Realizing life's fragility is ultimately a good thing. It keeps me mindful that nothing and no one ever belongs to me. It forces me to hold things (and people) more loosely. No matter how strong my death-grip, the concept of "mine" remains a mirage. Nothing is mine. And I'm not in control.

The constant reminder of fragility also leaves me feeling unsettled... insecure... unstable. It makes it difficult to invest in relationships, trust wholeheartedly, and put down roots. It feels harder to dream, to laugh, to enjoy the good that's present right now. Joy takes more effort than it used to and anxiety comes more easily. Hope often seems like a cruel joke. Remember Lucy and the football?

Sometimes that's what hope feels like, and I'm left feeling stupid that I fell for it yet again.

Even as I say all this out loud, I know how ridiculous it sounds even in my own head. I hear the nudging reminders not to worry about tomorrow as today has enough worry of its own. I see the "choose joy" on my arm and feel the heart hug of my ever-present friend who showed me what it means to live that out. I hear God calling me to hope. Again. No matter what.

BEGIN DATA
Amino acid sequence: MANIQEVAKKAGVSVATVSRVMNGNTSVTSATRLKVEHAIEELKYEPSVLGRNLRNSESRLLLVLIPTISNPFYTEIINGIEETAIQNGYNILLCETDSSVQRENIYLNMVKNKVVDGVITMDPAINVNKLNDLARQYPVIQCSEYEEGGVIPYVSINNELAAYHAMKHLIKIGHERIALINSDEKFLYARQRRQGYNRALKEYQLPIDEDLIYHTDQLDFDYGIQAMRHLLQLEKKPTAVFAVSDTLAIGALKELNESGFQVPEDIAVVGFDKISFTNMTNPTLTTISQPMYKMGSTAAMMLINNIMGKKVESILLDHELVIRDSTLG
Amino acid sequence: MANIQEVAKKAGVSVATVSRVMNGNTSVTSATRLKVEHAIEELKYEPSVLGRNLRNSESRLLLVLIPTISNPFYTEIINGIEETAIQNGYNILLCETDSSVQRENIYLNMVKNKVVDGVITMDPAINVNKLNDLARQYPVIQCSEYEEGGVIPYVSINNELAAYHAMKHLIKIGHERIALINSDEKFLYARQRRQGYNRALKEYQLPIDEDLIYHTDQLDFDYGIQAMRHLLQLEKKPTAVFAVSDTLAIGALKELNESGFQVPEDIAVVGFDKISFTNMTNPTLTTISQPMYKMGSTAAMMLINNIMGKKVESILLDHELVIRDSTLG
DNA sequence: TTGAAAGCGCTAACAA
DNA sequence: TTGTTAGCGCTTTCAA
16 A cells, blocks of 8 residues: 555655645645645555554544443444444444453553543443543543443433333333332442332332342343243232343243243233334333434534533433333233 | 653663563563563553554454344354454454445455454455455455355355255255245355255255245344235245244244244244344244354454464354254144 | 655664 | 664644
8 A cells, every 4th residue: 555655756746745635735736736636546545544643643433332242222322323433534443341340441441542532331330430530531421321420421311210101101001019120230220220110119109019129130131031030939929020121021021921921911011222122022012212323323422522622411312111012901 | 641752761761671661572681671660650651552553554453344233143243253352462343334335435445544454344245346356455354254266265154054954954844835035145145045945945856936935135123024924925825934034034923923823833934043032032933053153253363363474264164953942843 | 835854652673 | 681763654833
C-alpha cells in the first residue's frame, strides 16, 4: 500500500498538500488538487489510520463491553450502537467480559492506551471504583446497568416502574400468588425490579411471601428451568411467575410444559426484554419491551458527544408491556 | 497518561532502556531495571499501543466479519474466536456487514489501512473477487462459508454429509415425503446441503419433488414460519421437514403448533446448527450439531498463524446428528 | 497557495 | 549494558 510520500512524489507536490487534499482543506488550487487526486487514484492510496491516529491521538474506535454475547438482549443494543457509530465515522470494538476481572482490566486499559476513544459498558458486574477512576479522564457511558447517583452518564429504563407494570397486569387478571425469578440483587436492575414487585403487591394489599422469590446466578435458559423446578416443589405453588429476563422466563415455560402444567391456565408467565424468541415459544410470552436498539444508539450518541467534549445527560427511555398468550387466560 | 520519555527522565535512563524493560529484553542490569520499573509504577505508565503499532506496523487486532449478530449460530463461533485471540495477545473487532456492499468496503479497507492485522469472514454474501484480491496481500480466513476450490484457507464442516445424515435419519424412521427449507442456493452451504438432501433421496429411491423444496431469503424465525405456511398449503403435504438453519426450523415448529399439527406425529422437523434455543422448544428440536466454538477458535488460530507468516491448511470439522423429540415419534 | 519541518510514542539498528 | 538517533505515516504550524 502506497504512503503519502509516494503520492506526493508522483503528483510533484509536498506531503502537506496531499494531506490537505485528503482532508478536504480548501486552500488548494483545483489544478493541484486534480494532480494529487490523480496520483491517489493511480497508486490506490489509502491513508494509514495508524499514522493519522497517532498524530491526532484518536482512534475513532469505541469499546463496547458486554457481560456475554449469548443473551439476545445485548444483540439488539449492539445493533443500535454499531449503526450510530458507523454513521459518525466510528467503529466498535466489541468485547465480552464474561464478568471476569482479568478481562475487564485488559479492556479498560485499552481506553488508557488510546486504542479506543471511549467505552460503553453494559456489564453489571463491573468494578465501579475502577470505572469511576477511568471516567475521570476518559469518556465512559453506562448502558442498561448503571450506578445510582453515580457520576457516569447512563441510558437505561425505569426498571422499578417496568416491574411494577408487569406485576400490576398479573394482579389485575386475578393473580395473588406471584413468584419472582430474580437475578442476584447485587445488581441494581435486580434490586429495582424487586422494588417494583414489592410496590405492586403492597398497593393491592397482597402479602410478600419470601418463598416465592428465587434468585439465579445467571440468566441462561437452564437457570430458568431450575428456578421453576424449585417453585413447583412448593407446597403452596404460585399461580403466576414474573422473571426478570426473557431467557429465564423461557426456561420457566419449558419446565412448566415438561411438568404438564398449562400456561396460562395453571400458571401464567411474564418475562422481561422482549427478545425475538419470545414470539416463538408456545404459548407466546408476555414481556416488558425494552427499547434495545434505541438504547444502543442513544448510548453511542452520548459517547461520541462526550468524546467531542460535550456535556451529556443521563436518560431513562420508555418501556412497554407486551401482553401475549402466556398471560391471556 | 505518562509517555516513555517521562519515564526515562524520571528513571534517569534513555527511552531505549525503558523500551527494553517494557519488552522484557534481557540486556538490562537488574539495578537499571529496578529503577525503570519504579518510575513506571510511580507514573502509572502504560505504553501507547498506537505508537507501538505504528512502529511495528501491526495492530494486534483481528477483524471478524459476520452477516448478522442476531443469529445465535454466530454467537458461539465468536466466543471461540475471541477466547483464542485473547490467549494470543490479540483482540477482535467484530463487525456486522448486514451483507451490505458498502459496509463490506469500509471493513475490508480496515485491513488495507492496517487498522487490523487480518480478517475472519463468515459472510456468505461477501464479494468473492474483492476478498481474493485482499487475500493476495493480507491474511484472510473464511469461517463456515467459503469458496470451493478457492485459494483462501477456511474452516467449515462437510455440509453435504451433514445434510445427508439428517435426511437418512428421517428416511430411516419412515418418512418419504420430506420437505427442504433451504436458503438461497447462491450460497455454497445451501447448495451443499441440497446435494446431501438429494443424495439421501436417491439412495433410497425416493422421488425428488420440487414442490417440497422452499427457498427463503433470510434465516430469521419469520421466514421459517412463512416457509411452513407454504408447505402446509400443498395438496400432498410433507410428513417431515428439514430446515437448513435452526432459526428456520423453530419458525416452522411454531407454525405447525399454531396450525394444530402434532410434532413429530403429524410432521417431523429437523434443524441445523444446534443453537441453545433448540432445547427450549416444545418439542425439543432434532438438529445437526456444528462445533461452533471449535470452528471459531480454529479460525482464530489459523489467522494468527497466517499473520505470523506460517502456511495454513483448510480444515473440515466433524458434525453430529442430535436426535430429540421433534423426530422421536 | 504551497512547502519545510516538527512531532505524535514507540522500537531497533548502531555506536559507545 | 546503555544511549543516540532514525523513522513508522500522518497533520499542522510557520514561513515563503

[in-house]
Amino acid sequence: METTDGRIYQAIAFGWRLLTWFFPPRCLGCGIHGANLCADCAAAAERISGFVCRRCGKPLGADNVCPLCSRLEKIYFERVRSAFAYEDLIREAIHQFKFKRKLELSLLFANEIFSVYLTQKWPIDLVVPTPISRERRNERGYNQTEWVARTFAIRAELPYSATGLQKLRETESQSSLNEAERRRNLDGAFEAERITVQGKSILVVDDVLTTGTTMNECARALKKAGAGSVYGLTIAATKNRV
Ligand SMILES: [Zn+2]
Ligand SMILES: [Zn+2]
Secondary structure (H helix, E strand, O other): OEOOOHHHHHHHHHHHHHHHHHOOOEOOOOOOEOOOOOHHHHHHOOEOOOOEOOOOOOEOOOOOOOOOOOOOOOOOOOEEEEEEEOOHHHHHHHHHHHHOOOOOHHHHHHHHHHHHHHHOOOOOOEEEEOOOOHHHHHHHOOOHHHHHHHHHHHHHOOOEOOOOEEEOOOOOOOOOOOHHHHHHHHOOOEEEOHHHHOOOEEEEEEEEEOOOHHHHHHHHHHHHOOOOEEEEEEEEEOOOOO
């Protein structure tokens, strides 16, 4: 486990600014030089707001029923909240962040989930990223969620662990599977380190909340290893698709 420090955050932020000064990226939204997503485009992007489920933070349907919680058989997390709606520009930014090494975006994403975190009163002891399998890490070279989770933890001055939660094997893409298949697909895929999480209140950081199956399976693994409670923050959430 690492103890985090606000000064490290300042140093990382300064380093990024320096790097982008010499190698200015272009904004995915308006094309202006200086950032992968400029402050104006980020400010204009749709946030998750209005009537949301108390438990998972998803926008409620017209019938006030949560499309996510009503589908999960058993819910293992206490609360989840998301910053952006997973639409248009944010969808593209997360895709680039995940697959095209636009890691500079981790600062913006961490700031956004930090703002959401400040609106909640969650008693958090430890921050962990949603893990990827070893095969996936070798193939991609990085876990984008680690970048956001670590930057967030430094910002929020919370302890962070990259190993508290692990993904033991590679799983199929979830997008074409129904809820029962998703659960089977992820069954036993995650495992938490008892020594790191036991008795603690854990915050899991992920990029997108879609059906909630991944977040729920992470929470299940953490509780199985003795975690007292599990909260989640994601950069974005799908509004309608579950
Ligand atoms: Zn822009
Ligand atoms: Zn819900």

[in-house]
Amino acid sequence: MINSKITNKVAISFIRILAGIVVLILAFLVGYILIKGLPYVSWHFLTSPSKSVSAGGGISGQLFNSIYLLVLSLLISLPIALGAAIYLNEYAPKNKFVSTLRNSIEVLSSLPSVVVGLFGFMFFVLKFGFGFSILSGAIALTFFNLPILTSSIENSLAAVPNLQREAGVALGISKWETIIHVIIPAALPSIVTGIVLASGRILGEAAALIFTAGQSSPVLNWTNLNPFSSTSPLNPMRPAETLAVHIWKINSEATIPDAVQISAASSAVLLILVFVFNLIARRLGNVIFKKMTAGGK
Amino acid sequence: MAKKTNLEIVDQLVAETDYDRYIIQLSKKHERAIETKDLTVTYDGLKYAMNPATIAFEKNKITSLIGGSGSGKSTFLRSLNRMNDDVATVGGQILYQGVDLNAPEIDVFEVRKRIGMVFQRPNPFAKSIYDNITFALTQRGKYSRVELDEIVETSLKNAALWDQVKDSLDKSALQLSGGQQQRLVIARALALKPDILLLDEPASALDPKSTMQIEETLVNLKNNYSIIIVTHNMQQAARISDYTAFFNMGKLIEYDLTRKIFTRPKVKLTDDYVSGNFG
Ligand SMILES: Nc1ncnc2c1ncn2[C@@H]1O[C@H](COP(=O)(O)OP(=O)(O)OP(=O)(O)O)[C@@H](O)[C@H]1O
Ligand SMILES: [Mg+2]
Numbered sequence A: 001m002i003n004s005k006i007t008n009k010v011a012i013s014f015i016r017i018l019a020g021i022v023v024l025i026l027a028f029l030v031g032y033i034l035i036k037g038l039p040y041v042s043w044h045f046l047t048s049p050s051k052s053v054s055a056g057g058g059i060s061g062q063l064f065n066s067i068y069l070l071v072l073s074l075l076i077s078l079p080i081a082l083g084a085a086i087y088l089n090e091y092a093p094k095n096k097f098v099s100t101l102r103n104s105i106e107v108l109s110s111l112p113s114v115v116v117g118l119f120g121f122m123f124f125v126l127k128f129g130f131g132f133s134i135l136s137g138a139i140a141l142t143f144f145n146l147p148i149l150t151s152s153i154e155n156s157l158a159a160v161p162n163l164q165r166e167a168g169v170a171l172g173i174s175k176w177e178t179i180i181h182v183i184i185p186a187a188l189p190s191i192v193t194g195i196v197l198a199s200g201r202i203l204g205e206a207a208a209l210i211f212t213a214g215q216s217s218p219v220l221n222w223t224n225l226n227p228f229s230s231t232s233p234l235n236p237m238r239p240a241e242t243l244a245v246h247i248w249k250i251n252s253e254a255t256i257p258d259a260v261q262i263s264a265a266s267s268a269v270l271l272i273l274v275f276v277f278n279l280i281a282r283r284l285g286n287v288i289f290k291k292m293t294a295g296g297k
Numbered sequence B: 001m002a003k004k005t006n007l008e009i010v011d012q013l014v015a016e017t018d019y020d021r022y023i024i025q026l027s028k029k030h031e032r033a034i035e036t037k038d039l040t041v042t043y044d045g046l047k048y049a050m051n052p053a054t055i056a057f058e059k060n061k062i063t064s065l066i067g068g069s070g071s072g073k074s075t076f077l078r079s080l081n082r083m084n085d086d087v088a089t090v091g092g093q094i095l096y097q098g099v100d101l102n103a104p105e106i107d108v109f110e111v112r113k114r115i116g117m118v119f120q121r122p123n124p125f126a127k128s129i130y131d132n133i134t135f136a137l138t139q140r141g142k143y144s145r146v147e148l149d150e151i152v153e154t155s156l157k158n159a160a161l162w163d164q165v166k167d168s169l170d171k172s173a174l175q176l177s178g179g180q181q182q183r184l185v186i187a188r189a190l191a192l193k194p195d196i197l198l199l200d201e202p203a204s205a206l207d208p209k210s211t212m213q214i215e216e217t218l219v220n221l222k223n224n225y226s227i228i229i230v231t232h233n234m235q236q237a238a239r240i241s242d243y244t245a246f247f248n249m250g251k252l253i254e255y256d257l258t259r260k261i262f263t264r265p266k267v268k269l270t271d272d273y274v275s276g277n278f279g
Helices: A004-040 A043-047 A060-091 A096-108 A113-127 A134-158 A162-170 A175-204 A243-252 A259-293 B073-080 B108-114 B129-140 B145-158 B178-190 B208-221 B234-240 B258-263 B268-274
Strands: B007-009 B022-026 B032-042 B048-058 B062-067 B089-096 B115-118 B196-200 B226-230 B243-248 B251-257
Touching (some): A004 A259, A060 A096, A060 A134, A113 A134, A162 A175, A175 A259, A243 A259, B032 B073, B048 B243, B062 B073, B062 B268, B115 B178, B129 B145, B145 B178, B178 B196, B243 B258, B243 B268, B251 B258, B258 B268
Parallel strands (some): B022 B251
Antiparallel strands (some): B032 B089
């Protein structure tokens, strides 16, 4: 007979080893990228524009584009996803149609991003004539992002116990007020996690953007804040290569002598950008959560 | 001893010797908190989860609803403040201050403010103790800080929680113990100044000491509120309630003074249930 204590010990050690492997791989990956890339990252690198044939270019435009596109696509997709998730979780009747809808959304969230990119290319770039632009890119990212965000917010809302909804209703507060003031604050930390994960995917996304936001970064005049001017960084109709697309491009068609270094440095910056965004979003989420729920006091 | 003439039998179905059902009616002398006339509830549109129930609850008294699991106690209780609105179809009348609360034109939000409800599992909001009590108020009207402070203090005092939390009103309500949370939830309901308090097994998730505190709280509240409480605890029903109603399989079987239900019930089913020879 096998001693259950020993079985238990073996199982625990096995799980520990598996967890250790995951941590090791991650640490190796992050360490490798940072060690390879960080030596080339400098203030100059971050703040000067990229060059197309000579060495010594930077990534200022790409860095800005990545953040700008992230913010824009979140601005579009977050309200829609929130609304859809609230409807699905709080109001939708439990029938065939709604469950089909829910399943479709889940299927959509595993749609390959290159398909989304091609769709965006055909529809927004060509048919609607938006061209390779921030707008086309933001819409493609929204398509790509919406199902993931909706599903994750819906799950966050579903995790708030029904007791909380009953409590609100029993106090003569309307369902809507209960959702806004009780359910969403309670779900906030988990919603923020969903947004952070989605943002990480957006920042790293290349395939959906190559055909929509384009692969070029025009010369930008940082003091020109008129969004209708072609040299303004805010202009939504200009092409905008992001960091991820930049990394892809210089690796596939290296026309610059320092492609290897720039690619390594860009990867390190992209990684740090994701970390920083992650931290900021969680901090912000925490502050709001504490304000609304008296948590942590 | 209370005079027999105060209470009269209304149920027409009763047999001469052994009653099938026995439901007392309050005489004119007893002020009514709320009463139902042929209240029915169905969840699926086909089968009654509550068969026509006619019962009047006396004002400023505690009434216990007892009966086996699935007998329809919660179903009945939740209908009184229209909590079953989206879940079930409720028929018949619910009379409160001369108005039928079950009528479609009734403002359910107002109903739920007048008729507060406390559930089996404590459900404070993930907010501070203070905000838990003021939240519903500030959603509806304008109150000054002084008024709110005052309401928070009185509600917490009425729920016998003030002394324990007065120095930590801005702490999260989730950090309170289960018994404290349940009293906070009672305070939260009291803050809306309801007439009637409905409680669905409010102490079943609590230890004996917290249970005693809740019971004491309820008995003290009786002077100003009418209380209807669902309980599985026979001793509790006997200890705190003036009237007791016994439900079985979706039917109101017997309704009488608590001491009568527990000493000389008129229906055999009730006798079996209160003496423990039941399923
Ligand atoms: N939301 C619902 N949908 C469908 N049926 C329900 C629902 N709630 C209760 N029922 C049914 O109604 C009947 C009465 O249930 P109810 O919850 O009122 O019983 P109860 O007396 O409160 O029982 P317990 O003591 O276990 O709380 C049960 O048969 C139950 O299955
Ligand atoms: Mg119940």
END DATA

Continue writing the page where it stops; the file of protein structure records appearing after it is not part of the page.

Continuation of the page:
I want to believe that eventually dreaming will feel easier again, that life—though fragile—will feel more secure, and that thoughts of the future will breed more hope than fear. I want to.

So I close my teary eyes again, and take a deep breath. I hold it as long as I can, and as I let the air out I shake my head. All gifts. All grace.

And I whisper a "Thank You"...

always and always, fritz

My friend Sara was affectionately known as Gitzen Girl -- a nickname coined by her dad (who I am so thankful to have spent some time with before he passed last year). Everyone knew her as Gitz.

But to me, she was Fritz.

She was Fritz. And I was Frass. (Short for Sassafrass, of course...)

And this Frass? Misses her Fritz like crazy...


When I was asked to speak at Sara's memorial service, it felt like an incredible gift had been placed in my hands. One I held gently and tenderly. An honor I didn't take lightly.

I didn't want to speak about our history or friendship, although I could've talked for hours on that alone. I wanted to somehow try to capture and express Sara's amazing heart and the incredible way she lived her life. I wanted to explain what Choose Joy meant to her, as so many have picked it up as their own life mantra. I wanted to paint a picture of who Sara really is...